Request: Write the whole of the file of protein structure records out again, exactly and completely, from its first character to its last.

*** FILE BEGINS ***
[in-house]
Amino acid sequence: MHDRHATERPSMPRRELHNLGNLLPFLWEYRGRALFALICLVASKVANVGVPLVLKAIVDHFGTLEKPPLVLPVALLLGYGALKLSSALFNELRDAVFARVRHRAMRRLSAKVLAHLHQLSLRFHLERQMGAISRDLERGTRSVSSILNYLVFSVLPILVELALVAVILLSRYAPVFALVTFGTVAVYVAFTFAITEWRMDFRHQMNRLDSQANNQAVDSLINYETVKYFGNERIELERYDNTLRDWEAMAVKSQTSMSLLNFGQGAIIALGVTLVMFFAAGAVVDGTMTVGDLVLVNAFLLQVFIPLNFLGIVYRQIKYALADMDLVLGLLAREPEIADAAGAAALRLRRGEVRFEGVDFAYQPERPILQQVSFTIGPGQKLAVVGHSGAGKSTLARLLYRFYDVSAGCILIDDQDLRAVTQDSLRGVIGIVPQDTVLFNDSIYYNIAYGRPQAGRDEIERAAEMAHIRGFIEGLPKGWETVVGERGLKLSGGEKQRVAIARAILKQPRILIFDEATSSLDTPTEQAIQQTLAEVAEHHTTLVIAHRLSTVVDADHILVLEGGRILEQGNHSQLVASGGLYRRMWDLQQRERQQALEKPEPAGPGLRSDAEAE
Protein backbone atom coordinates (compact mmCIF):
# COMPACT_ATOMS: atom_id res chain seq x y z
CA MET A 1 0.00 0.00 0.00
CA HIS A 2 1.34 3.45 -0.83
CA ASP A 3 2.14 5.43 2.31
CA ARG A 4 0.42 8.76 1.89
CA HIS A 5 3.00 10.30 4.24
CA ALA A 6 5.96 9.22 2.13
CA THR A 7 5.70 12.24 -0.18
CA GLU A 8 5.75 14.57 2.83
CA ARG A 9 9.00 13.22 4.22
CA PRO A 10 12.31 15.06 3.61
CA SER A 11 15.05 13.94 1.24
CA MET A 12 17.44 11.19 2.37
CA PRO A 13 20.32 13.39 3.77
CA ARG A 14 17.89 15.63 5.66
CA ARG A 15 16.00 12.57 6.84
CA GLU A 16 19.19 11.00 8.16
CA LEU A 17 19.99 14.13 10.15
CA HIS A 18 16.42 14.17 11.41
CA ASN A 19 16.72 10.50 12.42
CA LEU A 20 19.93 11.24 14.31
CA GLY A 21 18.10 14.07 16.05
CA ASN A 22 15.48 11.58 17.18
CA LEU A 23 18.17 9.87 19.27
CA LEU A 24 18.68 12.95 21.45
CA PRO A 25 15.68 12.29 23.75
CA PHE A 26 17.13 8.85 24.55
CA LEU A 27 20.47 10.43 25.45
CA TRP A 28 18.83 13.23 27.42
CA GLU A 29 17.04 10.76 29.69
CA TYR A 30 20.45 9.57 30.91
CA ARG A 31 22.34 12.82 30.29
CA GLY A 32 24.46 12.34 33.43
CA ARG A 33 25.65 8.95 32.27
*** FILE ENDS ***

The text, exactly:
[in-house]
Amino acid sequence: MHDRHATERPSMPRRELHNLGNLLPFLWEYRGRALFALICLVASKVANVGVPLVLKAIVDHFGTLEKPPLVLPVALLLGYGALKLSSALFNELRDAVFARVRHRAMRRLSAKVLAHLHQLSLRFHLERQMGAISRDLERGTRSVSSILNYLVFSVLPILVELALVAVILLSRYAPVFALVTFGTVAVYVAFTFAITEWRMDFRHQMNRLDSQANNQAVDSLINYETVKYFGNERIELERYDNTLRDWEAMAVKSQTSMSLLNFGQGAIIALGVTLVMFFAAGAVVDGTMTVGDLVLVNAFLLQVFIPLNFLGIVYRQIKYALADMDLVLGLLAREPEIADAAGAAALRLRRGEVRFEGVDFAYQPERPILQQVSFTIGPGQKLAVVGHSGAGKSTLARLLYRFYDVSAGCILIDDQDLRAVTQDSLRGVIGIVPQDTVLFNDSIYYNIAYGRPQAGRDEIERAAEMAHIRGFIEGLPKGWETVVGERGLKLSGGEKQRVAIARAILKQPRILIFDEATSSLDTPTEQAIQQTLAEVAEHHTTLVIAHRLSTVVDADHILVLEGGRILEQGNHSQLVASGGLYRRMWDLQQRERQQALEKPEPAGPGLRSDAEAE
Protein backbone atom coordinates (compact mmCIF):
# COMPACT_ATOMS: atom_id res chain seq x y z
CA MET A 1 0.00 0.00 0.00
CA HIS A 2 1.34 3.45 -0.83
CA ASP A 3 2.14 5.43 2.31
CA ARG A 4 0.42 8.76 1.89
CA HIS A 5 3.00 10.30 4.24
CA ALA A 6 5.96 9.22 2.13
CA THR A 7 5.70 12.24 -0.18
CA GLU A 8 5.75 14.57 2.83
CA ARG A 9 9.00 13.22 4.22
CA PRO A 10 12.31 15.06 3.61
CA SER A 11 15.05 13.94 1.24
CA MET A 12 17.44 11.19 2.37
CA PRO A 13 20.32 13.39 3.77
CA ARG A 14 17.89 15.63 5.66
CA ARG A 15 16.00 12.57 6.84
CA GLU A 16 19.19 11.00 8.16
CA LEU A 17 19.99 14.13 10.15
CA HIS A 18 16.42 14.17 11.41
CA ASN A 19 16.72 10.50 12.42
CA LEU A 20 19.93 11.24 14.31
CA GLY A 21 18.10 14.07 16.05
CA ASN A 22 15.48 11.58 17.18
CA LEU A 23 18.17 9.87 19.27
CA LEU A 24 18.68 12.95 21.45
CA PRO A 25 15.68 12.29 23.75
CA PHE A 26 17.13 8.85 24.55
CA LEU A 27 20.47 10.43 25.45
CA TRP A 28 18.83 13.23 27.42
CA GLU A 29 17.04 10.76 29.69
CA TYR A 30 20.45 9.57 30.91
CA ARG A 31 22.34 12.82 30.29
CA GLY A 32 24.46 12.34 33.43
CA ARG A 33 25.65 8.95 32.27